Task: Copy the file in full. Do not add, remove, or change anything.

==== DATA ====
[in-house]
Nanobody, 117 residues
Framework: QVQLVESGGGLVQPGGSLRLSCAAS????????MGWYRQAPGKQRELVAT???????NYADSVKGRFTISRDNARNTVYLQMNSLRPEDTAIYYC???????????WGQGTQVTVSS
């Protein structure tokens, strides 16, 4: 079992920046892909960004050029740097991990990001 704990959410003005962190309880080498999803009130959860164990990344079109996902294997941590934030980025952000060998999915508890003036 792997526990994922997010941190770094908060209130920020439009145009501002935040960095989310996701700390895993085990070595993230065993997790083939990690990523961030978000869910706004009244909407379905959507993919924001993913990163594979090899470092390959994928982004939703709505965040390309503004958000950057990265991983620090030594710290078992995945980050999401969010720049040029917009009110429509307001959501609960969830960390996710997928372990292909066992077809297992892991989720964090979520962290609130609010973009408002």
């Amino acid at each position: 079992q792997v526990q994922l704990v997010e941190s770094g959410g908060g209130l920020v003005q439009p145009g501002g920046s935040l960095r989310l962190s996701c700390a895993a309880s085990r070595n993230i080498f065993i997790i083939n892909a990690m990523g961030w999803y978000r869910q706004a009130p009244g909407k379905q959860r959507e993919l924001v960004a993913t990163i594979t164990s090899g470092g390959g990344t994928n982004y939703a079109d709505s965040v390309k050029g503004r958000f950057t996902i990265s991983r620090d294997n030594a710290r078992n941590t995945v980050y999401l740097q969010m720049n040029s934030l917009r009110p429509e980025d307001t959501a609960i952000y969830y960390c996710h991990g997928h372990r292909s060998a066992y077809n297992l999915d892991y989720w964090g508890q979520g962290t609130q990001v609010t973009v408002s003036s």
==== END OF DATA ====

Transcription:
[in-house]
Nanobody, 117 residues
Framework: QVQLVESGGGLVQPGGSLRLSCAAS????????MGWYRQAPGKQRELVAT???????NYADSVKGRFTISRDNARNTVYLQMNSLRPEDTAIYYC???????????WGQGTQVTVSS
């Protein structure tokens, strides 16, 4: 079992920046892909960004050029740097991990990001 704990959410003005962190309880080498999803009130959860164990990344079109996902294997941590934030980025952000060998999915508890003036 792997526990994922997010941190770094908060209130920020439009145009501002935040960095989310996701700390895993085990070595993230065993997790083939990690990523961030978000869910706004009244909407379905959507993919924001993913990163594979090899470092390959994928982004939703709505965040390309503004958000950057990265991983620090030594710290078992995945980050999401969010720049040029917009009110429509307001959501609960969830960390996710997928372990292909066992077809297992892991989720964090979520962290609130609010973009408002």
């Amino acid at each position: 079992q792997v526990q994922l704990v997010e941190s770094g959410g908060g209130l920020v003005q439009p145009g501002g920046s935040l960095r989310l962190s996701c700390a895993a309880s085990r070595n993230i080498f065993i997790i083939n892909a990690m990523g961030w999803y978000r869910q706004a009130p009244g909407k379905q959860r959507e993919l924001v960004a993913t990163i594979t164990s090899g470092g390959g990344t994928n982004y939703a079109d709505s965040v390309k050029g503004r958000f950057t996902i990265s991983r620090d294997n030594a710290r078992n941590t995945v980050y999401l740097q969010m720049n040029s934030l917009r009110p429509e980025d307001t959501a609960i952000y969830y960390c996710h991990g997928h372990r292909s060998a066992y077809n297992l999915d892991y989720w964090g508890q979520g962290t609130q990001v609010t973009v408002s003036s």